Cadbury Dairy Milk Silk chocolate is a widely eaten product from the Cadbury portfolio and is consumed by kids and adults alike.
Milk chocolates are known to be highly sugary and low in cocoa content and they don’t even mention the cocoa content on the nutrition label, which makes us really wonder whether they should be classified as ‘chocolate’ or ‘milk sweets’?
The sugar content in Cadbury Dairy Milk Silk chocolate is 55.5 gm per serving size of 100 gm, which is very high and not recommended for the obese and those with lifestyle diseases.
The foodnetindia rating for this product :-
foodnetindia safety rating: 5 – (On a scale of 1 to 10 from very unsafe to very safe)
Cadbury Dairy Milk Silk chocolate is high on sugar at 55.5 gm per 100 gm serving of the chocolate and does not mention the cocoa quantity in it. The high sugar content in this product can be harmful if consumed frequently for the health of kids and adults alike. This must be consumed only in small quantities even by healthy people.
foodnetindia wholesomeness rating : 5 – (On a scale of 1 to 10 from very unbalanced nutrition profile to excellent nutrition profile)
In India everybody has a sweet tooth and so people tend to consume huge quantities of mithai and chocolates. However we advise that Cadbury Dairy milk Silk chocolate should be eaten with great caution even by healthy people as in a bar of 100 gm the sugar content is 55.5 grams .
Ingredients of concern in Cadbury Dairy Milk Silk Chocolate
Cadbury Dairy Milk Silk Chocolate contains 55.5 gm sugar per 100 gm and does not specify which sugar has been used. This is important because different sugars have different metabolic effects. For example, Sucrose (Cane Sugar) is very different from Fructose (Fruit Sugar). Some foods use high fructose corn syrup which may be harmful in much lower quantities than sucrose. We believe that it is not responsible behaviour for a brand to not clearly state what ingredients have been used.
Sugar is a carbohydrate found naturally in a host of different foods from lactose in milk to the fructose in fruit and honey. In fact, we need some sugar in our diets to supply ready energy to fuel our muscles and keep our brains active. The problem is that many processed foods have added sugar which supplies energy in the form of calories – and very little else. This means our body has to draw on the nutrients from the rest of our diet to process it and this can affect our health, including our immunity – leaving us more prone to bugs and colds. A high intake of sugar causes our blood sugar levels to shoot up, giving us that feel-good ‘high’ followed by a crashing slump which leaves us tired, irritable and craving more sugary foods. It’s a vicious cycle that may be contributing to our weight problems as well as health concerns like diabetes and heart disease.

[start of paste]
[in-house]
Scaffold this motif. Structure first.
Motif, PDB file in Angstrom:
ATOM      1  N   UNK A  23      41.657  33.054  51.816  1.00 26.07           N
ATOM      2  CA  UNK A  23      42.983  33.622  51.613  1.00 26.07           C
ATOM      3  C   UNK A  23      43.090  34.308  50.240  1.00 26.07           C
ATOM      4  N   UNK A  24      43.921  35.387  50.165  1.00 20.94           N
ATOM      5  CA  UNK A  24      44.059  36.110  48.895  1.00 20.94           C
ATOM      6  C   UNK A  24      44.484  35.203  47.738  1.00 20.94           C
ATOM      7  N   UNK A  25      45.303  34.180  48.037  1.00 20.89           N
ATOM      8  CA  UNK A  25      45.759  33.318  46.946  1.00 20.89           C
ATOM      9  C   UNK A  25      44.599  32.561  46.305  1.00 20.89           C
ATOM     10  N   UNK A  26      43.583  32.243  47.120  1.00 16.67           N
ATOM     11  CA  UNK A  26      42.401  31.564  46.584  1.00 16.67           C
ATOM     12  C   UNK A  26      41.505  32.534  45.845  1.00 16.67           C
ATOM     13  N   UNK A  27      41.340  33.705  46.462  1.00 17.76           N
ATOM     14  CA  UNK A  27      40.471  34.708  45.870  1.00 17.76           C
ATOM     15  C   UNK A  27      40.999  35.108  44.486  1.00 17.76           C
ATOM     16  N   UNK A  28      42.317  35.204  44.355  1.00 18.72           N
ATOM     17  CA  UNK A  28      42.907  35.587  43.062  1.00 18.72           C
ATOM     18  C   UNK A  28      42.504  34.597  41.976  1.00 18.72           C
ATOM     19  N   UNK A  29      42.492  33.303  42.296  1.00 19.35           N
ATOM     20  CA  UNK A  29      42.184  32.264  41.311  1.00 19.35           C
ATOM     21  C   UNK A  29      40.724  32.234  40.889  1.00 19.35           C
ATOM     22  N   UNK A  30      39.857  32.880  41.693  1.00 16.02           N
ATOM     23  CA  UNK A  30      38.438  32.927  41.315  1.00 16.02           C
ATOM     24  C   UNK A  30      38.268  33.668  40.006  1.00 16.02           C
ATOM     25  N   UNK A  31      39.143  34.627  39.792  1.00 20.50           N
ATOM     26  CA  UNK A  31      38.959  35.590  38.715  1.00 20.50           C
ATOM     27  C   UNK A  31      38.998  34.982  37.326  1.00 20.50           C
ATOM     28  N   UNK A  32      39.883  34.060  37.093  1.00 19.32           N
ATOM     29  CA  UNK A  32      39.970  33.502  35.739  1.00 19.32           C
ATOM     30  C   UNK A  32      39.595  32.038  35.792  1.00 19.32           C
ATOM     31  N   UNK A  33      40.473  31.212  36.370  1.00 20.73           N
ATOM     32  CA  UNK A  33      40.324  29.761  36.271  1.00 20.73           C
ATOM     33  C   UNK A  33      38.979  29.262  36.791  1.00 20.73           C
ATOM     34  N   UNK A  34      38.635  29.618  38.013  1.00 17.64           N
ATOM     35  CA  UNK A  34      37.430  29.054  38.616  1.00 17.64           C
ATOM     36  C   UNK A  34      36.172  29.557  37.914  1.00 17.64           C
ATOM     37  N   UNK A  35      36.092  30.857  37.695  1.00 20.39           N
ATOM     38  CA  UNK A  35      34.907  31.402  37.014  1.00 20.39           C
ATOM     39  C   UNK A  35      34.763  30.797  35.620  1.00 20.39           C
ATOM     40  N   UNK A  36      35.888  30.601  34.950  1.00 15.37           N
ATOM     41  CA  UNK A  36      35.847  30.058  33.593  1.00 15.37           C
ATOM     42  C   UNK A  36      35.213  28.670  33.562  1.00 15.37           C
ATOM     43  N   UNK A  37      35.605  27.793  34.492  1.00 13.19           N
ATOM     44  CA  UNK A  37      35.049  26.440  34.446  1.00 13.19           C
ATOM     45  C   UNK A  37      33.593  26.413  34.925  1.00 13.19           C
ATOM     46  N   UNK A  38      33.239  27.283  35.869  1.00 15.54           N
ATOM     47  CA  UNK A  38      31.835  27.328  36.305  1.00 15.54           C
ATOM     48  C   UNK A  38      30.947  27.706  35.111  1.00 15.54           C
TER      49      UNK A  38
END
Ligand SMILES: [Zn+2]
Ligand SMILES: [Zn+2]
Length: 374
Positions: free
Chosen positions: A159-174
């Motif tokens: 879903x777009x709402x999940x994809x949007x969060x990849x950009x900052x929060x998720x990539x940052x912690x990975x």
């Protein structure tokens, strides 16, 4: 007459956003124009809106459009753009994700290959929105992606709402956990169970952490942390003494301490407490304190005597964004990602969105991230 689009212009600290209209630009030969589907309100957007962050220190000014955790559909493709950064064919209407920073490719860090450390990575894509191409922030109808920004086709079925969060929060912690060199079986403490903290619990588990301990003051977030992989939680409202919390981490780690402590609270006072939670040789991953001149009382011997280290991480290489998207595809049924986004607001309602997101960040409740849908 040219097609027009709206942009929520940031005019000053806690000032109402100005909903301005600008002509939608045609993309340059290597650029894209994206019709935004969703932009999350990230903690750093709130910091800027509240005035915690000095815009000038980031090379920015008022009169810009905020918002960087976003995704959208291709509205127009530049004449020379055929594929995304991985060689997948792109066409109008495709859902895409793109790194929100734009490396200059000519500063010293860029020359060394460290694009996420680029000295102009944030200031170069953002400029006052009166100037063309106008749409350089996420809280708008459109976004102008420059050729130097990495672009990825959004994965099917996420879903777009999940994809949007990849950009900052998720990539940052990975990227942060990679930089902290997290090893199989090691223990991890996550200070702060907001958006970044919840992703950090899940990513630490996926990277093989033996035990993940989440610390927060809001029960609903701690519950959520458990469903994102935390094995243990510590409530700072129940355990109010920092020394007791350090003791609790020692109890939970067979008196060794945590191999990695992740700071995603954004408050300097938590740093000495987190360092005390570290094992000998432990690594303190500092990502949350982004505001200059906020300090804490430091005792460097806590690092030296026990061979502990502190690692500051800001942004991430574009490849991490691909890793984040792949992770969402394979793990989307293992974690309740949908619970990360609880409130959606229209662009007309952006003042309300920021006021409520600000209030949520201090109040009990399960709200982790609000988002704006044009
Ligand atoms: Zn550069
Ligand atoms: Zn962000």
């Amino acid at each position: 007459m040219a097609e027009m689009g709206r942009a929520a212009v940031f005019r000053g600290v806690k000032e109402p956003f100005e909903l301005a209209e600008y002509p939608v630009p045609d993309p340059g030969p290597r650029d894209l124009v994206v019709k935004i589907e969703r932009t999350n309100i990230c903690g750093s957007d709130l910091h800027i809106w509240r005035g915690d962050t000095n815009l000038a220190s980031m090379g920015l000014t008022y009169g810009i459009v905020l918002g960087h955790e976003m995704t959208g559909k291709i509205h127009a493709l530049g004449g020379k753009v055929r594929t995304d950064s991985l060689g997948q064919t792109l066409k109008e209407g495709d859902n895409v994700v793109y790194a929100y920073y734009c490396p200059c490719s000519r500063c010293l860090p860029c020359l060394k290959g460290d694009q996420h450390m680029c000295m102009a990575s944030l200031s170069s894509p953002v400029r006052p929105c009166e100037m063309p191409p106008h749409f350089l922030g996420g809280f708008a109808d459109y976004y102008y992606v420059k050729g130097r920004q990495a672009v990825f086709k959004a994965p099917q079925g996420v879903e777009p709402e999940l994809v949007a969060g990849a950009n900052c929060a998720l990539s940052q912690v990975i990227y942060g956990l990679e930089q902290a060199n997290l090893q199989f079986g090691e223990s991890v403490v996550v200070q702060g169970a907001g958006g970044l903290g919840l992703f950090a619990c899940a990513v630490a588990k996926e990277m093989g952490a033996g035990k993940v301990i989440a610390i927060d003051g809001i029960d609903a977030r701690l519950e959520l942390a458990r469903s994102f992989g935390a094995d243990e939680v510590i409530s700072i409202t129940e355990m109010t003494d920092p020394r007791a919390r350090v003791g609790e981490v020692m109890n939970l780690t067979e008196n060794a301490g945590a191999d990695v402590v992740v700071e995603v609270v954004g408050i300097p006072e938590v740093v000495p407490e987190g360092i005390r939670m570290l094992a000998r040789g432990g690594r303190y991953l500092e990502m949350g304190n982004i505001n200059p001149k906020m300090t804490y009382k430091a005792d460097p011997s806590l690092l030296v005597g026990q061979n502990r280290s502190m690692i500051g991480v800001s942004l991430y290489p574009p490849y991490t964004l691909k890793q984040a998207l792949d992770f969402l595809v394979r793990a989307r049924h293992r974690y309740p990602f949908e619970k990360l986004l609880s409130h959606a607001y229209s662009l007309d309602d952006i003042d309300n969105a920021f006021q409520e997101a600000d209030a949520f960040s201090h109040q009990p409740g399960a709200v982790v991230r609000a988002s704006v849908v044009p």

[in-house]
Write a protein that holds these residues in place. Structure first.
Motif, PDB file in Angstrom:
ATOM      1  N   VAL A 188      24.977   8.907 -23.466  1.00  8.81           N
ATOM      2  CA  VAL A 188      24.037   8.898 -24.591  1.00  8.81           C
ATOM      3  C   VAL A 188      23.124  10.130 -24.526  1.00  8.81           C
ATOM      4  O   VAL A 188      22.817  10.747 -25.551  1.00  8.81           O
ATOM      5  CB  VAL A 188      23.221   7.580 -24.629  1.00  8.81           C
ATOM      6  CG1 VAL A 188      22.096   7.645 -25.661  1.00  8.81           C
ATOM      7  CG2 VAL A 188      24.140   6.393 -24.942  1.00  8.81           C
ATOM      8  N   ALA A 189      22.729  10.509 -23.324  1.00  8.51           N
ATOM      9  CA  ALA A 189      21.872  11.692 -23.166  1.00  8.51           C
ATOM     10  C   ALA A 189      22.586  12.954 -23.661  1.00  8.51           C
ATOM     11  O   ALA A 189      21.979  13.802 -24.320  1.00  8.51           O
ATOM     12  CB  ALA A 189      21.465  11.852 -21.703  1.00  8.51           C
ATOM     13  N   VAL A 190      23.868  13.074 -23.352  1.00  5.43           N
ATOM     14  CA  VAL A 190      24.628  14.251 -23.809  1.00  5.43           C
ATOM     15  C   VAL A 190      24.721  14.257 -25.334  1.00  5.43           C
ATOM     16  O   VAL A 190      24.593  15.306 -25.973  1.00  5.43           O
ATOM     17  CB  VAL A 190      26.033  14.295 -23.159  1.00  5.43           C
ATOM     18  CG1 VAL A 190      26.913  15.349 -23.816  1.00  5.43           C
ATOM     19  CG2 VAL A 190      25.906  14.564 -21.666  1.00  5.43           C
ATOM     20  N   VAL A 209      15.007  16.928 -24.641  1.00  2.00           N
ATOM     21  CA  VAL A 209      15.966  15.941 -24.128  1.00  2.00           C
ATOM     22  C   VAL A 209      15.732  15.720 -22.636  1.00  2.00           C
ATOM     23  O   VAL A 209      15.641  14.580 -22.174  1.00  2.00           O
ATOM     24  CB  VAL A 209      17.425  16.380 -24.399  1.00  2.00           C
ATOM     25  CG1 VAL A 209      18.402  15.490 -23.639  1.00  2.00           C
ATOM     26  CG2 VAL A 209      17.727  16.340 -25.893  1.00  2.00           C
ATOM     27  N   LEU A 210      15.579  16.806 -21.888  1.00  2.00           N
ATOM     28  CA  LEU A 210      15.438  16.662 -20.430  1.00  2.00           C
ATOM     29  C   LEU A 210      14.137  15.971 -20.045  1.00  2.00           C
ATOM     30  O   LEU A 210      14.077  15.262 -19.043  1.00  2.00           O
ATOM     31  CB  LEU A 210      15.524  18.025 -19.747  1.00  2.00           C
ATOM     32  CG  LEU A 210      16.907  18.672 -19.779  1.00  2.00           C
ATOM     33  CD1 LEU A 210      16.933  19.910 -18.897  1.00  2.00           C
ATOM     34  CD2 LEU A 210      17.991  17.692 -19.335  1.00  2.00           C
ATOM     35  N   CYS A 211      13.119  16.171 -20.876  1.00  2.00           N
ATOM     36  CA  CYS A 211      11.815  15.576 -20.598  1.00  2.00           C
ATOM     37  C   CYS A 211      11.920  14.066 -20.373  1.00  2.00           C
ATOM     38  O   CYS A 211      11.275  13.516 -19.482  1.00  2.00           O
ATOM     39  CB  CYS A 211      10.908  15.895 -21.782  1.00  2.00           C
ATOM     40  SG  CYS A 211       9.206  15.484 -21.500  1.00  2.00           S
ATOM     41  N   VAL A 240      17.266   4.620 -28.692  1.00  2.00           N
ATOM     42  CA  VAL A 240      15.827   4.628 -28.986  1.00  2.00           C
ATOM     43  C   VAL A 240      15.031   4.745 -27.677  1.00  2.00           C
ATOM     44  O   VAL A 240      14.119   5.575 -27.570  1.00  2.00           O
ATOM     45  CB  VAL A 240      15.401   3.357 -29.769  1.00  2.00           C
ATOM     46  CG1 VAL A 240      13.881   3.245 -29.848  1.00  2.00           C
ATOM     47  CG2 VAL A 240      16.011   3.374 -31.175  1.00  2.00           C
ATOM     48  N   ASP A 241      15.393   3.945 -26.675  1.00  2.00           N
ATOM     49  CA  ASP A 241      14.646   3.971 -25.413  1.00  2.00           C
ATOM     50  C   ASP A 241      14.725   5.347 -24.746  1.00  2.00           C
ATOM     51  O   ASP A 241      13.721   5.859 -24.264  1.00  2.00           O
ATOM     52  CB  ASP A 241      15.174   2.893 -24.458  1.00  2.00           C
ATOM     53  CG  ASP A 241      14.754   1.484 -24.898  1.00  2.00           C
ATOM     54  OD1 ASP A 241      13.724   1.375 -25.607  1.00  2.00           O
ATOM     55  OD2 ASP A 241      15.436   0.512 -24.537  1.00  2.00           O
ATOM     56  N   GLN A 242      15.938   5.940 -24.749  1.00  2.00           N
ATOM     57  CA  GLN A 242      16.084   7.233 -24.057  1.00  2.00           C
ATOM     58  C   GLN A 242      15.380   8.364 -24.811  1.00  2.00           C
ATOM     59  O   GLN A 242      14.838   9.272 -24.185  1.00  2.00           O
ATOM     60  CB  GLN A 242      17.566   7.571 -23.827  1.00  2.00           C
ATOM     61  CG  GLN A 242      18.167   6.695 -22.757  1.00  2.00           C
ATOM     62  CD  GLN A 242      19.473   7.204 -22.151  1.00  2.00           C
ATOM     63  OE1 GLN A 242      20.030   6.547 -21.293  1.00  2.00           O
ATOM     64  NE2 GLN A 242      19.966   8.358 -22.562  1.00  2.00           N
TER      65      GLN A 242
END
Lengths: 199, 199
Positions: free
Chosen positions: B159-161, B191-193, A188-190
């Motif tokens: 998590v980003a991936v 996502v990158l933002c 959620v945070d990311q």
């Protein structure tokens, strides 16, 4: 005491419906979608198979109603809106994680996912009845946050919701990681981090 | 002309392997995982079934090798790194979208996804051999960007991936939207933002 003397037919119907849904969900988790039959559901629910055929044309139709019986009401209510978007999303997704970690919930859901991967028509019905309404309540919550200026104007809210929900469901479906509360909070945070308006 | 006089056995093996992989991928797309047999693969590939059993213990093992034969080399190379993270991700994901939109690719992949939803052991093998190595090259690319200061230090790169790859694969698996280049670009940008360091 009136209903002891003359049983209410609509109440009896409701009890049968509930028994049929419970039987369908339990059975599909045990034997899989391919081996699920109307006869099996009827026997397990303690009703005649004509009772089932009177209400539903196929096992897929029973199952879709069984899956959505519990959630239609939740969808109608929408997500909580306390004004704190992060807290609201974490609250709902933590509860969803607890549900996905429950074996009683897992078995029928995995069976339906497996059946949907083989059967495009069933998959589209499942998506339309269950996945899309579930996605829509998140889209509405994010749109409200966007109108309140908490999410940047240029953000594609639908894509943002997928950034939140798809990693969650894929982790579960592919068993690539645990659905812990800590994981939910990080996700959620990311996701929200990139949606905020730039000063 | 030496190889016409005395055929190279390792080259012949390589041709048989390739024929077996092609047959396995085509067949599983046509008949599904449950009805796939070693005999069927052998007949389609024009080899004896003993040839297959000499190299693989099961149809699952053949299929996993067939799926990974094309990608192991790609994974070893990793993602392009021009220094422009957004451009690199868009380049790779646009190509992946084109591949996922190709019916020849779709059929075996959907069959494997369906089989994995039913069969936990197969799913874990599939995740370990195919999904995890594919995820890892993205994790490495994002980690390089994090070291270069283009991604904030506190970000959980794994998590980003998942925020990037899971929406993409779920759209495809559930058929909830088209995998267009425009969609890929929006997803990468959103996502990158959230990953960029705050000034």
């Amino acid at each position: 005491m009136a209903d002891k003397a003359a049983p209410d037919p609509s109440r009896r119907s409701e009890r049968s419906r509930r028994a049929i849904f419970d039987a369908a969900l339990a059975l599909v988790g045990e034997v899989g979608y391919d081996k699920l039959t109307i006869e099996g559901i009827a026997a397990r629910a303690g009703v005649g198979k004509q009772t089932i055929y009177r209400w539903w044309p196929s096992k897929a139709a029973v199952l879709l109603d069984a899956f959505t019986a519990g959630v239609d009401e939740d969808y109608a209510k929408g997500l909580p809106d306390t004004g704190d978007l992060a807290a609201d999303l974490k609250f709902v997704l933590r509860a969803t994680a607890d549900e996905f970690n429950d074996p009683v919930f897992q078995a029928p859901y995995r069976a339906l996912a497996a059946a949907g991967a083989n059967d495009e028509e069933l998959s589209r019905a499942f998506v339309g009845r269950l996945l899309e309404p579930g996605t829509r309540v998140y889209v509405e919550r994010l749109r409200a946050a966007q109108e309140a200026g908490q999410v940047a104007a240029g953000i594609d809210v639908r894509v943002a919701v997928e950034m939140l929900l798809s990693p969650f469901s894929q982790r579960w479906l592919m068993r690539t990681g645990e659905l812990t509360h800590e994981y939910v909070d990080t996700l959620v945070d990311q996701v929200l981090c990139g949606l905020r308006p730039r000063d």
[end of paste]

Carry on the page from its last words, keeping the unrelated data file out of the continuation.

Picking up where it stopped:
Other ingredients that are in the product but not a major source of concern in our opinion are:
Disclaimer – The information on this website is not intended to replace a one-on-one relationship with a qualified health care professional and is not intended as medical advice. It is intended as a sharing of knowledge and information. foodnetindia encourages you to make your own health care decisions based upon your research and in partnership with a qualified healthcare professional.
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